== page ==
When it comes to skin cancer prevention, Connie Lunde, RVHS health educator, wants to make sure her students get the message; “It’s not about scaring them but just raising awareness,” said Lunde.
When it comes to skin cancer prevention, Connie Lunde, RVHS health educator, wants to make sure her students get the message. “It’s not about scaring them but just raising awareness,” said Lunde. Lunde said she talks about skin cancer issues in the required sophomore health class trying her best to “hit them between the eyes.”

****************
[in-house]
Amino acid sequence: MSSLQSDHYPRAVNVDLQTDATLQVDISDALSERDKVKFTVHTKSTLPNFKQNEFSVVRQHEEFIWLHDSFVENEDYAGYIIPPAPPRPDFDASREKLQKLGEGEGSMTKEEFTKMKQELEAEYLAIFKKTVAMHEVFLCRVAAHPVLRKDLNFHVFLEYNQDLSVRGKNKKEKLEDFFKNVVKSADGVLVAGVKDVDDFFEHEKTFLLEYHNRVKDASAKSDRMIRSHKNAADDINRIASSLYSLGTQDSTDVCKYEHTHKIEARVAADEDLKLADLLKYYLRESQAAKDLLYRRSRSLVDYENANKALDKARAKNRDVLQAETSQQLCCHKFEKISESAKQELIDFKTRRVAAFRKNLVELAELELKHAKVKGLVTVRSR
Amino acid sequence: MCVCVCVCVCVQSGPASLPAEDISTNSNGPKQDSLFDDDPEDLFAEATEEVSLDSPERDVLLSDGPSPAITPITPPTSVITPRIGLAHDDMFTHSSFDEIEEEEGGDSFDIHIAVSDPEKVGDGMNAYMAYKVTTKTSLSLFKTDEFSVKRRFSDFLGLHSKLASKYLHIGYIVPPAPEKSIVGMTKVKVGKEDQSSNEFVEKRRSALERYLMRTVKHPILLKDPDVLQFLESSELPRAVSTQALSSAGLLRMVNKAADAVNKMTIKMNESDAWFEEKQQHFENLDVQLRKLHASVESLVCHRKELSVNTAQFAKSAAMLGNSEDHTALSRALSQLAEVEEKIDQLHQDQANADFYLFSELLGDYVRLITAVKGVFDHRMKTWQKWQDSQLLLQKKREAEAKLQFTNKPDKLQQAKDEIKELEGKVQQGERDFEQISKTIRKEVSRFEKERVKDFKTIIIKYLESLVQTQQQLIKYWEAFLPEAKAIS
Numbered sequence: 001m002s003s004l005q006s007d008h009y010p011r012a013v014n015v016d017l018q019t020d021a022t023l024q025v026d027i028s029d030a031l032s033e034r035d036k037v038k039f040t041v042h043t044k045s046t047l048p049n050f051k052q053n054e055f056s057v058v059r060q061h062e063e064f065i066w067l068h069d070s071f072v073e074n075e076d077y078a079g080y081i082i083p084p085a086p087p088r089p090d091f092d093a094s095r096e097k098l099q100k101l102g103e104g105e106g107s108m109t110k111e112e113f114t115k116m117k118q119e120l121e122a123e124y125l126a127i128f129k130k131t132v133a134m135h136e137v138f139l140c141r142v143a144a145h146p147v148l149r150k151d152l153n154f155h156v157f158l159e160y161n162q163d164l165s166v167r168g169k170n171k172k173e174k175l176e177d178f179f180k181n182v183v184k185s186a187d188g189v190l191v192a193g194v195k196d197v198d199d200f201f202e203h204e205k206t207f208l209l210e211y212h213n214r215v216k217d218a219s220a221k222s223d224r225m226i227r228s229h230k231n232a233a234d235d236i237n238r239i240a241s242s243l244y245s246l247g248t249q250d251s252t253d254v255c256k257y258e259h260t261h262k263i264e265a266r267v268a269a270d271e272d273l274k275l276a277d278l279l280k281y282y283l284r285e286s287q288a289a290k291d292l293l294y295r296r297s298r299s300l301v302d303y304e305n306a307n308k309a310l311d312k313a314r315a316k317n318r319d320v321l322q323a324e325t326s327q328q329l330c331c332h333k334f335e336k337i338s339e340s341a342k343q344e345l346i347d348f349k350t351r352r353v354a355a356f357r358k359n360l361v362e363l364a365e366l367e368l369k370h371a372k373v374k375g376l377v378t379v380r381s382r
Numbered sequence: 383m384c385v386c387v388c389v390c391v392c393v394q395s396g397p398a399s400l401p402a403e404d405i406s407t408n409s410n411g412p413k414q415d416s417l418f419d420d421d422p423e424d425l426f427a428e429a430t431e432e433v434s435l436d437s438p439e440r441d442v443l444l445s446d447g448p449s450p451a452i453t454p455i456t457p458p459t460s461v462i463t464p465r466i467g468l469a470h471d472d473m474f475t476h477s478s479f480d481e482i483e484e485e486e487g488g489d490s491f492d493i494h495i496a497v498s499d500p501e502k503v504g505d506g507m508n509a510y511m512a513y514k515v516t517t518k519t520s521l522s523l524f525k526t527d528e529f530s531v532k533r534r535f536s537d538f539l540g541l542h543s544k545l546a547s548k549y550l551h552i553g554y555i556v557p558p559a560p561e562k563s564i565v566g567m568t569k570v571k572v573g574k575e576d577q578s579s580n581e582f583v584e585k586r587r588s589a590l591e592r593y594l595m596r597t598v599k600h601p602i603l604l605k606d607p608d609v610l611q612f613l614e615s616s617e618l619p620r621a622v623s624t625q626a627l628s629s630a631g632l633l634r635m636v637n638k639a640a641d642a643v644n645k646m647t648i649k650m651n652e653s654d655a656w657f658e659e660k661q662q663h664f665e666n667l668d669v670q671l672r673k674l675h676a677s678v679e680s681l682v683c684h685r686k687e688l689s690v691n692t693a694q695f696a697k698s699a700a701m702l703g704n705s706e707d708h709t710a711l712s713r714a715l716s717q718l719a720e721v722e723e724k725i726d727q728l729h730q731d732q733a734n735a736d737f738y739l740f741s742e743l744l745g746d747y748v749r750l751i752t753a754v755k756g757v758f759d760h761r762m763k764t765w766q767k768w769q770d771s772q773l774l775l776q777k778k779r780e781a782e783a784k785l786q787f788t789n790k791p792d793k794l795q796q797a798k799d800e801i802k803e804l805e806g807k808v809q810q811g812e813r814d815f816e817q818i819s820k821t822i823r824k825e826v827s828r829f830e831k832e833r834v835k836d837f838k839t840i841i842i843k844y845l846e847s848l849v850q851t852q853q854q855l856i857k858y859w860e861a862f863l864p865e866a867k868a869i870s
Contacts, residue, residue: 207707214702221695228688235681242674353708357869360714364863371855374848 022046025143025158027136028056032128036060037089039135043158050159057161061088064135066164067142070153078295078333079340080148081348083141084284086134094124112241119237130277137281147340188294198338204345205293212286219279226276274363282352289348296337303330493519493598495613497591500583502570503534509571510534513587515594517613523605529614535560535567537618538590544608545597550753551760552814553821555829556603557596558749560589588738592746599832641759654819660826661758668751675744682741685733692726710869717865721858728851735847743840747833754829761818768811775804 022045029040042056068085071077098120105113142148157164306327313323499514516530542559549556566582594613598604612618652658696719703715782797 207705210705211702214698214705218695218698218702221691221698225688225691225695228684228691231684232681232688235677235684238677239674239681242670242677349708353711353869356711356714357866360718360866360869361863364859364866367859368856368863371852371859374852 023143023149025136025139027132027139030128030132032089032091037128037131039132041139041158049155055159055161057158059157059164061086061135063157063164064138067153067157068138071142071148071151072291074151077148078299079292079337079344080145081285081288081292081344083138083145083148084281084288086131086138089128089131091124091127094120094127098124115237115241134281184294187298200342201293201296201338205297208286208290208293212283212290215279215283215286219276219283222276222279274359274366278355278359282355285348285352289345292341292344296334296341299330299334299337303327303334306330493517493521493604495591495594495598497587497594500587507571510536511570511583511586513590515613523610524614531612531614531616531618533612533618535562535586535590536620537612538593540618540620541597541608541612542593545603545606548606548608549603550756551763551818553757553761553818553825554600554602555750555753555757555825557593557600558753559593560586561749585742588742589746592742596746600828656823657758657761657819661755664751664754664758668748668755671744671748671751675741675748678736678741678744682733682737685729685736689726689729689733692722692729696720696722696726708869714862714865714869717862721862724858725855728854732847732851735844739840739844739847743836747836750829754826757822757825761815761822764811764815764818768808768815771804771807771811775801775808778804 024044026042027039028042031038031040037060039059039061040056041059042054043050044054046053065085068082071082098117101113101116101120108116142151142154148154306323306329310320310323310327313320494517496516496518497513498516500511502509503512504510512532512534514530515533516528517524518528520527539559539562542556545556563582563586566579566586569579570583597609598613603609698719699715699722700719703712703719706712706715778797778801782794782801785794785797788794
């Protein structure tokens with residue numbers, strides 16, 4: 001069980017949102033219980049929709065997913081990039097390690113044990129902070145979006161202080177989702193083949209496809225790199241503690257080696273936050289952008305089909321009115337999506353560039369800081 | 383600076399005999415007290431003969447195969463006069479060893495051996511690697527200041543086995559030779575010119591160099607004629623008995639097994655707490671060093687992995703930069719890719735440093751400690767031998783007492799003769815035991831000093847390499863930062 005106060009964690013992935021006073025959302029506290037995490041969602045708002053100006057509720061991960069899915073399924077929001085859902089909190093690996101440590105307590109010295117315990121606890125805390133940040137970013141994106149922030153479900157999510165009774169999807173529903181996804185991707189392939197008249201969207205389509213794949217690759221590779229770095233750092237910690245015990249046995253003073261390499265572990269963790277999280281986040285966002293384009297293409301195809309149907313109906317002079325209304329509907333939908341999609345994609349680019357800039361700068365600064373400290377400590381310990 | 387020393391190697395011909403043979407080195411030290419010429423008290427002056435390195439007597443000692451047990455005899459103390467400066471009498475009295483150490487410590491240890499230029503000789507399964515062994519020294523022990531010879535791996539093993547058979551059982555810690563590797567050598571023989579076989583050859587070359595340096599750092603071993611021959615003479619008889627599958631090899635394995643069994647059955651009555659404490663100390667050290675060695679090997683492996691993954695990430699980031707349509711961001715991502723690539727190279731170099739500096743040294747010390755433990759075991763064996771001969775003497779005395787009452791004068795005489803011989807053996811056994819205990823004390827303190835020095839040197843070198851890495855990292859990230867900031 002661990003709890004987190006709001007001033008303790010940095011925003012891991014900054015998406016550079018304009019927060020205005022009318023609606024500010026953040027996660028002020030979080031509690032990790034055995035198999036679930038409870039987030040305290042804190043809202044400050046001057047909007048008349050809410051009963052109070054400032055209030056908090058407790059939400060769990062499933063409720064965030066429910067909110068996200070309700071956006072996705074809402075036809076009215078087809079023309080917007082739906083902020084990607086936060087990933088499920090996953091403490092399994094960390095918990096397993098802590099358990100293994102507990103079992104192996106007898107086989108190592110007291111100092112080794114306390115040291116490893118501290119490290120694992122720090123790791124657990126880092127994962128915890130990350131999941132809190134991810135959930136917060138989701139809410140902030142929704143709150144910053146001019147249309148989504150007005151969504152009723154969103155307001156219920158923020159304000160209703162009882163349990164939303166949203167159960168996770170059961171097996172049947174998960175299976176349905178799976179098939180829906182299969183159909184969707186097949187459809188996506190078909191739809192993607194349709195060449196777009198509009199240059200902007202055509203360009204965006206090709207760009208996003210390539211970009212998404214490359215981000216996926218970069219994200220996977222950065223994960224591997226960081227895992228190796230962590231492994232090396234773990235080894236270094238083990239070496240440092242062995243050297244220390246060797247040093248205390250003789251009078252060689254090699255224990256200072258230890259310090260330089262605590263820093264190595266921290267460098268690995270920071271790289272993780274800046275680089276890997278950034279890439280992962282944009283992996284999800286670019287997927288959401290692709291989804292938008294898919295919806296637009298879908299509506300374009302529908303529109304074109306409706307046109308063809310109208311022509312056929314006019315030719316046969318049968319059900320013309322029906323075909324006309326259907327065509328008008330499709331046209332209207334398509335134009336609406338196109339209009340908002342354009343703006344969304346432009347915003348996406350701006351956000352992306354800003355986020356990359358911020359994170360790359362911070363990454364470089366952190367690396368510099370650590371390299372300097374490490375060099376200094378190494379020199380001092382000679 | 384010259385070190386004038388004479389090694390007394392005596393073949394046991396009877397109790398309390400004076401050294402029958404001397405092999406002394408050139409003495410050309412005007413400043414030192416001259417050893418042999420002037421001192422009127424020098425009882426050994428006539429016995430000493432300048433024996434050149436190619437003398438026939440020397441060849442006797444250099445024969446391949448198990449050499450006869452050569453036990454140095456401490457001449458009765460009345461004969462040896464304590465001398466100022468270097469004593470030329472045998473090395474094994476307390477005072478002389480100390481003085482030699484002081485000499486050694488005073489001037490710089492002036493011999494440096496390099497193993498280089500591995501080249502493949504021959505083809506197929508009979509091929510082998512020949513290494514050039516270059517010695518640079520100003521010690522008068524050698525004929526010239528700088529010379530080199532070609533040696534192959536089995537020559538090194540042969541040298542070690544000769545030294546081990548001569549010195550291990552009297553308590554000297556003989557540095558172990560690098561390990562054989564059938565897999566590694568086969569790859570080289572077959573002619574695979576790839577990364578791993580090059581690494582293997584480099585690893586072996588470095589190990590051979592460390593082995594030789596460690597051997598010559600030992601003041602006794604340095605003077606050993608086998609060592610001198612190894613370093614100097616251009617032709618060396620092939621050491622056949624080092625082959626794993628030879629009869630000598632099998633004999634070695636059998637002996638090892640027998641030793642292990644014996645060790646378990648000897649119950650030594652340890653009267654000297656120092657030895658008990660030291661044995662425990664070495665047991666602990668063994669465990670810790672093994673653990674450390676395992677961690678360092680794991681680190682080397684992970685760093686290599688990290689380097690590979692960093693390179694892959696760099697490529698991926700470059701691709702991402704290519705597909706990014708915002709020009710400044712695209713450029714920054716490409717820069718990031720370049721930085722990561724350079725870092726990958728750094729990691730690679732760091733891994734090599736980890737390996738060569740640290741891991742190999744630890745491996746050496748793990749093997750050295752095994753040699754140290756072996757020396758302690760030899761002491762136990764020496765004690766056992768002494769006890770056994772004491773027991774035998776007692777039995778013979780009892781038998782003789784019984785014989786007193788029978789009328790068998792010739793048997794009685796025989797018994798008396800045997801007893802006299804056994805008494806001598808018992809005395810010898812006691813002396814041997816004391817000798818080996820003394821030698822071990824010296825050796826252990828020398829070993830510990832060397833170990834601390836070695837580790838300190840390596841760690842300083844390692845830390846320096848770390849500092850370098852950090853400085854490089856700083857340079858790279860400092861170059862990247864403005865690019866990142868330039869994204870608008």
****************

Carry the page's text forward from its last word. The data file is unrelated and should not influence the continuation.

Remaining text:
Lunde said it is not just about sharing statistics with students. At times they need to see the impact. As a health educator, Lunde can also add personal experience to what she offers to her students. She has people from her own family who have been diagnosed with skin cancer, and she said just recently they found a patch on her skin. “It’s definitely genetic,” she said, adding certain skin types have an increased propensity toward skin cancer. Each year she has the students go through a series of questions that include everything from eye and hair color to the number of freckles one has. Each of these plus other traits play a part in the increased risk of skin cancer. Lunde said because there are so many issues to cover in her health class there is not a lot of time set aside to address skin cancer. While she would love to cover all of the material in a two-week curriculum she has at her fingertips, she knows just presenting the most important information in a way that impacts them can make a difference. As students begin to think about prom and graduation events which are coming later this year, their thoughts, especially those of teenage girls, gravitate toward getting that tanned look. Lunde said she knows there are some who have already started tanning for this year’s prom. “The perception is that tanning is beautiful,” said Lunde, adding she feels it is part of her mission to help kids see their beauty does not lie in anything more than who they are as they are.